by. Henry Meier
That’s the question posed by the New York Times in an article yesterday in which it seeks to sound the alarm: in a nutshell it argues that, just like the mortgage meltdown, major banks are loosening lending standards in an effort to ensure they have enough automobiles to meet Wall Street’s growing demand for securities comprised of auto loan pools. This is one of those times where I am glad that credit unions aren’t mentioned alongside the banks.
This is the type of article that gets regulators thinking that more needs to be done, so you may want to take a quick look to see how appropriate your underwriting standards are for auto lending. Here are some things to keep in mind.
The NCUA deserves credit for raising concerns about indirect auto lending long before it was trendy. The banks highlighted in the article are accused of hiding behind dealer practices when asked about questionable sales techniques and underwriting standards. But remember “the dealer made me do it” is no defense. This is particularly true for credit unions that have the added requirement of ensuring that any person taking out a car loan is a qualified member. As summarized succinctly in this indirect lending guidance from the NCUA from 2011:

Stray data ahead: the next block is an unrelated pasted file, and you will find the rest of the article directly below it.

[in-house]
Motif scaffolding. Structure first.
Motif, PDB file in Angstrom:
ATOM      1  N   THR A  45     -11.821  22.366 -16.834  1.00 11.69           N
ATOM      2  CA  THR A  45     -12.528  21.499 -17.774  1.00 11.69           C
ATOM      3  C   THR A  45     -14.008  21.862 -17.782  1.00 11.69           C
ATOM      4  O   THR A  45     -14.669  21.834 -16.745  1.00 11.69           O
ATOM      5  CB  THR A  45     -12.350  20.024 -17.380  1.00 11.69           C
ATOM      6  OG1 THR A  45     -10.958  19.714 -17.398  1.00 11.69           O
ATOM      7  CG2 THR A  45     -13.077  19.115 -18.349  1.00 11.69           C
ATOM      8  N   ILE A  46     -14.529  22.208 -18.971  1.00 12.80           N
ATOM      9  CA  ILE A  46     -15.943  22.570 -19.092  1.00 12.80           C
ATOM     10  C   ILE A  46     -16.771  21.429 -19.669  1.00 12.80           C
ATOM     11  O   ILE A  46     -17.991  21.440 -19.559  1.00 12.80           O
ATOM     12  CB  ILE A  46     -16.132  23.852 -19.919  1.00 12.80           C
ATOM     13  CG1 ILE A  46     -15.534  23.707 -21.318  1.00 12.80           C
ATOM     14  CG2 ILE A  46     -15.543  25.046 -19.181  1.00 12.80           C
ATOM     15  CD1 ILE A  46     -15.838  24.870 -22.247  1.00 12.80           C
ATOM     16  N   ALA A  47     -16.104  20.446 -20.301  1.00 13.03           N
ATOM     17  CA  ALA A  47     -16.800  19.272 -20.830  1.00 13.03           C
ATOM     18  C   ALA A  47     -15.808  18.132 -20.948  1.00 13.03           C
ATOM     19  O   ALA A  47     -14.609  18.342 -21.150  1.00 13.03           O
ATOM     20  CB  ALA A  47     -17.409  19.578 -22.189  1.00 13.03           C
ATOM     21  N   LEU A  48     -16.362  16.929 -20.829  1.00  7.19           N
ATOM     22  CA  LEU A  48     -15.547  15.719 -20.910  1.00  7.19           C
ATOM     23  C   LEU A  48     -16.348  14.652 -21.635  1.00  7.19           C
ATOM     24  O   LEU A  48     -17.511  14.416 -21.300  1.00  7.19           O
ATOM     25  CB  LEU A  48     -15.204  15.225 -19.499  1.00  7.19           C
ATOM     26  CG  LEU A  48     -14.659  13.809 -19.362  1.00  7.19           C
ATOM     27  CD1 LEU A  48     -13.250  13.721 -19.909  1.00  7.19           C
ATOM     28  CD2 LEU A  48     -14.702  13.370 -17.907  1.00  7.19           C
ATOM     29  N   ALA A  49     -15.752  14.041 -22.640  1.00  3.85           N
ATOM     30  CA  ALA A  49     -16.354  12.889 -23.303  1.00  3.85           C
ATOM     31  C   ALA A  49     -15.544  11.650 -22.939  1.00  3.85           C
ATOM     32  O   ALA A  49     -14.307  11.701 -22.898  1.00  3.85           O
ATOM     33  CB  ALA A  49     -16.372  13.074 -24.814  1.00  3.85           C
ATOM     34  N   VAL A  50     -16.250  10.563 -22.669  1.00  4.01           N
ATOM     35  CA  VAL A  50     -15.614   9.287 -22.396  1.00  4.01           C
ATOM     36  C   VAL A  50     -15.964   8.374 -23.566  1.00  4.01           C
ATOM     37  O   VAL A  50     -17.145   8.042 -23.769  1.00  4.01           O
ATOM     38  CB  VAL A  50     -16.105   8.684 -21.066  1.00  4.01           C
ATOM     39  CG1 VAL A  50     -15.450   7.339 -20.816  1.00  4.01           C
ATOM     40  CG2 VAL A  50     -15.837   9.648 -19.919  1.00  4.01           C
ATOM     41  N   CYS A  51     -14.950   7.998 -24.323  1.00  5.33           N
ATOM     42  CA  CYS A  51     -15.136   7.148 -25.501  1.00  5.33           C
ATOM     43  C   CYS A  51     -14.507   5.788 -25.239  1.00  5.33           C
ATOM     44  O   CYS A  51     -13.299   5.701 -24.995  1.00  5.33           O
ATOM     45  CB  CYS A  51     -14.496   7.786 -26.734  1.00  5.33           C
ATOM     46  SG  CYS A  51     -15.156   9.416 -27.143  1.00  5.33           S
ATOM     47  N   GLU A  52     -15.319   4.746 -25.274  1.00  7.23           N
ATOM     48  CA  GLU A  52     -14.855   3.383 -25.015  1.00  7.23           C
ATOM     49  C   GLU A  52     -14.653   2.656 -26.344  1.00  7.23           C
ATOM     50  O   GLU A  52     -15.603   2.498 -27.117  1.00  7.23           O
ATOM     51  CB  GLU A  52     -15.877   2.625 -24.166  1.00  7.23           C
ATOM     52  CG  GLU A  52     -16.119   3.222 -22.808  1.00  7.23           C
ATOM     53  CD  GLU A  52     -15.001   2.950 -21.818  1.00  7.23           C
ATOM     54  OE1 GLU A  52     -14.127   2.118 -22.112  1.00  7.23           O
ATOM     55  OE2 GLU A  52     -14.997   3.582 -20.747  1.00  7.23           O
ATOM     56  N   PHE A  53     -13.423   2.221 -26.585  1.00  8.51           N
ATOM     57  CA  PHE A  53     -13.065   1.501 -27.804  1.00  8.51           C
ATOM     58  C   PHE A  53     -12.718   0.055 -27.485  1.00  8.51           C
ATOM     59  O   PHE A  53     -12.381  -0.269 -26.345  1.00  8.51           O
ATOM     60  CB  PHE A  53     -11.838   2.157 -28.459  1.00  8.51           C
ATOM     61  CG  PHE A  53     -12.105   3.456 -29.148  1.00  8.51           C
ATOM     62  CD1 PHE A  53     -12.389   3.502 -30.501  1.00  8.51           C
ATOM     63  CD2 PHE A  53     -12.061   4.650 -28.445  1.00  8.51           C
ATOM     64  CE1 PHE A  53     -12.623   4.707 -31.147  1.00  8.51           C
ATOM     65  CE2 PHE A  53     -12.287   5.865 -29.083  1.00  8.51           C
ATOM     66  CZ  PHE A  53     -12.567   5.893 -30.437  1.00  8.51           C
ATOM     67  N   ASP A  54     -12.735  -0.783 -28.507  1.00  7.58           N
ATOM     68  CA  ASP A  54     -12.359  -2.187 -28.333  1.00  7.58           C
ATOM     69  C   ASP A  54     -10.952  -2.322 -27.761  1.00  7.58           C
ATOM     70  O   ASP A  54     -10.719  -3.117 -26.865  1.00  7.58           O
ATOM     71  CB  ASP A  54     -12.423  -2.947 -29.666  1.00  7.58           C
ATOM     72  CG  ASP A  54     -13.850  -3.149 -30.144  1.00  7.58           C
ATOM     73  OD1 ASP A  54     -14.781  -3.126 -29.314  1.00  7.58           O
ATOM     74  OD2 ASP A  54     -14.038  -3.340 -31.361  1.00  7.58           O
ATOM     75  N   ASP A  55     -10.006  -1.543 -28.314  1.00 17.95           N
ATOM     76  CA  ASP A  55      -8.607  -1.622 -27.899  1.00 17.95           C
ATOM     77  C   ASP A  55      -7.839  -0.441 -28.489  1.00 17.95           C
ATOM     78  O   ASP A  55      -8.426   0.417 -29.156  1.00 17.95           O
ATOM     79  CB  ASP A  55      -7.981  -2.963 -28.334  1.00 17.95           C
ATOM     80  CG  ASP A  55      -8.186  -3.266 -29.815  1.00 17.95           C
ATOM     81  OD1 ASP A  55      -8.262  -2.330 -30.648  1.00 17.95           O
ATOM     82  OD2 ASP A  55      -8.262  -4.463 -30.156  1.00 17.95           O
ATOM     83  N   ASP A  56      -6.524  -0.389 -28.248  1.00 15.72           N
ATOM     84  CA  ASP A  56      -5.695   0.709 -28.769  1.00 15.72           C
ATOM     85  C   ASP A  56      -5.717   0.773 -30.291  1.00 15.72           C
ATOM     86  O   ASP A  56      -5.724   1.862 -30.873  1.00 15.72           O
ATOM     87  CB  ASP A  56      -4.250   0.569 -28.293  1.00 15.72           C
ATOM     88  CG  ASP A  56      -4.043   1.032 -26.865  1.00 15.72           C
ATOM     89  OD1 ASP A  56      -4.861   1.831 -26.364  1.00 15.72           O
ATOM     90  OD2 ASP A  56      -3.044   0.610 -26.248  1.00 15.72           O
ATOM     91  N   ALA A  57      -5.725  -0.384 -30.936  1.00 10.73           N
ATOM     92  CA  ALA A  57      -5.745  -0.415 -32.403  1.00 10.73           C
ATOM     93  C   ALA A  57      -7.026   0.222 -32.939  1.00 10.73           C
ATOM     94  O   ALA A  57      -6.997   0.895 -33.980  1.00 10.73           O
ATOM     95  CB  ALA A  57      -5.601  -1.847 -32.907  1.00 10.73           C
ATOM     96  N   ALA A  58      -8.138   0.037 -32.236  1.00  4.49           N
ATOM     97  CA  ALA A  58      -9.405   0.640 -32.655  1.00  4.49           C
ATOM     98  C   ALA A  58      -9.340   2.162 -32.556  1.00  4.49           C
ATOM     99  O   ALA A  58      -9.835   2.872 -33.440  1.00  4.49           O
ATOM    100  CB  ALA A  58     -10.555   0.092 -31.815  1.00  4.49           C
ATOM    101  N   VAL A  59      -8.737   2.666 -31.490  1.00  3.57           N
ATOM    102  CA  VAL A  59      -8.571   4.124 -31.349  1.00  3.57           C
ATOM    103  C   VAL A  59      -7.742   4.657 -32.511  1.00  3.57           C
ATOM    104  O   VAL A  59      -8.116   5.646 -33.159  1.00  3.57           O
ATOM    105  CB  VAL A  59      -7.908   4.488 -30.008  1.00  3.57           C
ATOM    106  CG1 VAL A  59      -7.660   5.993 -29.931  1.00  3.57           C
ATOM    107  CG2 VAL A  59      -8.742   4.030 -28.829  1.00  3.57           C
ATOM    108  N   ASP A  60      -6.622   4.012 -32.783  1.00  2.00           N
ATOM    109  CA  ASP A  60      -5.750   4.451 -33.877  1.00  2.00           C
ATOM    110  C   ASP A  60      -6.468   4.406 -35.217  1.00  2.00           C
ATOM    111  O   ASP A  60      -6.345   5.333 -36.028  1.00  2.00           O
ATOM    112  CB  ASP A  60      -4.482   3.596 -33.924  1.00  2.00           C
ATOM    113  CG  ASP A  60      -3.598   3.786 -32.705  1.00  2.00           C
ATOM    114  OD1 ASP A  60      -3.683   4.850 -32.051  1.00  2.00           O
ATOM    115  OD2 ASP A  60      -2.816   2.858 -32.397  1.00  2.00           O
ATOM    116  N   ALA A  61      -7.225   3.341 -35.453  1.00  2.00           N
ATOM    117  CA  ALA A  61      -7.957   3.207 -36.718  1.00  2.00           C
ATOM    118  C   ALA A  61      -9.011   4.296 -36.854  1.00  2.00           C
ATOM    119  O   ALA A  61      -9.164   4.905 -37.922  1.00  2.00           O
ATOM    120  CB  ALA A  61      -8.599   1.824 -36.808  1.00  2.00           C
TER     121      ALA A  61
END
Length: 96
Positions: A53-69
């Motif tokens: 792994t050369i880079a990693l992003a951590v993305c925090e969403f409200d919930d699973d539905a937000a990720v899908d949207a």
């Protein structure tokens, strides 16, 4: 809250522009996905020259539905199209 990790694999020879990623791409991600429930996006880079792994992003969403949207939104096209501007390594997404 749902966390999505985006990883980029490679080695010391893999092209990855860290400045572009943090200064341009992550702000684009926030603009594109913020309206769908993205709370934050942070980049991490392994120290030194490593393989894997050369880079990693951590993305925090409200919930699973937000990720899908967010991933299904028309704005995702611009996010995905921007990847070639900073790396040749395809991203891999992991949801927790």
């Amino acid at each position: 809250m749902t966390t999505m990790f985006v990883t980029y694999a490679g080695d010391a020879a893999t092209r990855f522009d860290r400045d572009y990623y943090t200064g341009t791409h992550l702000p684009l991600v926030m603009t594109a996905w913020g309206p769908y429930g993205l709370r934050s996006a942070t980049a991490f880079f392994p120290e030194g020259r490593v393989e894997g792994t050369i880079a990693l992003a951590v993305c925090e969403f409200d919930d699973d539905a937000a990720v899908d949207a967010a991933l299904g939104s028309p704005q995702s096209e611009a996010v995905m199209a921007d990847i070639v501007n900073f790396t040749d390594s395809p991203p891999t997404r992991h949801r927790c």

continue reading »
Indirect lending standards should be consistent with the credit union’s direct (internal) loan underwriting standards. The standards should be reviewed at least annually or more often if risk levels increase or if negative trends begin to surface. Exceptions to the indirect loan policy should be infrequent. All exceptions should be approved by credit union personnel responsible for administering the indirect lending program and reported to the board of directors for their review.